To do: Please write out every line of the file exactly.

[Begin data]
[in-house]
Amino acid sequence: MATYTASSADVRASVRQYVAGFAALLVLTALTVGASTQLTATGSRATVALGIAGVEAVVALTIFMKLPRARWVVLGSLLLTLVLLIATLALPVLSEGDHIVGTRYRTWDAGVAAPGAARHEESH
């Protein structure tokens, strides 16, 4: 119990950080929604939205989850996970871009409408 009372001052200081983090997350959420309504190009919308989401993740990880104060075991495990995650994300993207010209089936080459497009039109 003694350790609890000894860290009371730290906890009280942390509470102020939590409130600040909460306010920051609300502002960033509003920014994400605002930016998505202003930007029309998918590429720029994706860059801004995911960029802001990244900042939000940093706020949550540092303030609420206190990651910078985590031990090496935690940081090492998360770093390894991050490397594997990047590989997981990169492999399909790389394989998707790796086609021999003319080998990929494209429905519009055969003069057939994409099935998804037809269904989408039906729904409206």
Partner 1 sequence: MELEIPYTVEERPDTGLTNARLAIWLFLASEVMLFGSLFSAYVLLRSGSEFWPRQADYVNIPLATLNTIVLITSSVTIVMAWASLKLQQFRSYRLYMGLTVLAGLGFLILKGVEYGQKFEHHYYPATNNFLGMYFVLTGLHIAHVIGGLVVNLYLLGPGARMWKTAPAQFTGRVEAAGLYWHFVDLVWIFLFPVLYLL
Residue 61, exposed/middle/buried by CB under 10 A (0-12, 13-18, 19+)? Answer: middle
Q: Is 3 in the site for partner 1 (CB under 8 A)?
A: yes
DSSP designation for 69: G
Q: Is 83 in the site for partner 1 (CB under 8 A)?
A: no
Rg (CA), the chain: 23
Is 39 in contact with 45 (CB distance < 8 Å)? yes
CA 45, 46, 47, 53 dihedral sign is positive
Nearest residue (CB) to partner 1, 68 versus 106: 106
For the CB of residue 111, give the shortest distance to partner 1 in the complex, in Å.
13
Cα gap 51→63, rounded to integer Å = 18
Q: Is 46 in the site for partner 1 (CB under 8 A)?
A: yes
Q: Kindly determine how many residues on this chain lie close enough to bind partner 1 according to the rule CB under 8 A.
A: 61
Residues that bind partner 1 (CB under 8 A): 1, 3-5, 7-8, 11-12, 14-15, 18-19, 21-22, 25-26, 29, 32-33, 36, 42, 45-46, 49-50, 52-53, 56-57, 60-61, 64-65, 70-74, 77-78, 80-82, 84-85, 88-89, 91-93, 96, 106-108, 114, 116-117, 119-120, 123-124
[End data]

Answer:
[in-house]
Amino acid sequence: MATYTASSADVRASVRQYVAGFAALLVLTALTVGASTQLTATGSRATVALGIAGVEAVVALTIFMKLPRARWVVLGSLLLTLVLLIATLALPVLSEGDHIVGTRYRTWDAGVAAPGAARHEESH
């Protein structure tokens, strides 16, 4: 119990950080929604939205989850996970871009409408 009372001052200081983090997350959420309504190009919308989401993740990880104060075991495990995650994300993207010209089936080459497009039109 003694350790609890000894860290009371730290906890009280942390509470102020939590409130600040909460306010920051609300502002960033509003920014994400605002930016998505202003930007029309998918590429720029994706860059801004995911960029802001990244900042939000940093706020949550540092303030609420206190990651910078985590031990090496935690940081090492998360770093390894991050490397594997990047590989997981990169492999399909790389394989998707790796086609021999003319080998990929494209429905519009055969003069057939994409099935998804037809269904989408039906729904409206």
Partner 1 sequence: MELEIPYTVEERPDTGLTNARLAIWLFLASEVMLFGSLFSAYVLLRSGSEFWPRQADYVNIPLATLNTIVLITSSVTIVMAWASLKLQQFRSYRLYMGLTVLAGLGFLILKGVEYGQKFEHHYYPATNNFLGMYFVLTGLHIAHVIGGLVVNLYLLGPGARMWKTAPAQFTGRVEAAGLYWHFVDLVWIFLFPVLYLL
Residue 61, exposed/middle/buried by CB under 10 A (0-12, 13-18, 19+)? Answer: middle
Q: Is 3 in the site for partner 1 (CB under 8 A)?
A: yes
DSSP designation for 69: G
Q: Is 83 in the site for partner 1 (CB under 8 A)?
A: no
Rg (CA), the chain: 23
Is 39 in contact with 45 (CB distance < 8 Å)? yes
CA 45, 46, 47, 53 dihedral sign is positive
Nearest residue (CB) to partner 1, 68 versus 106: 106
For the CB of residue 111, give the shortest distance to partner 1 in the complex, in Å.
13
Cα gap 51→63, rounded to integer Å = 18
Q: Is 46 in the site for partner 1 (CB under 8 A)?
A: yes
Q: Kindly determine how many residues on this chain lie close enough to bind partner 1 according to the rule CB under 8 A.
A: 61
Residues that bind partner 1 (CB under 8 A): 1, 3-5, 7-8, 11-12, 14-15, 18-19, 21-22, 25-26, 29, 32-33, 36, 42, 45-46, 49-50, 52-53, 56-57, 60-61, 64-65, 70-74, 77-78, 80-82, 84-85, 88-89, 91-93, 96, 106-108, 114, 116-117, 119-120, 123-124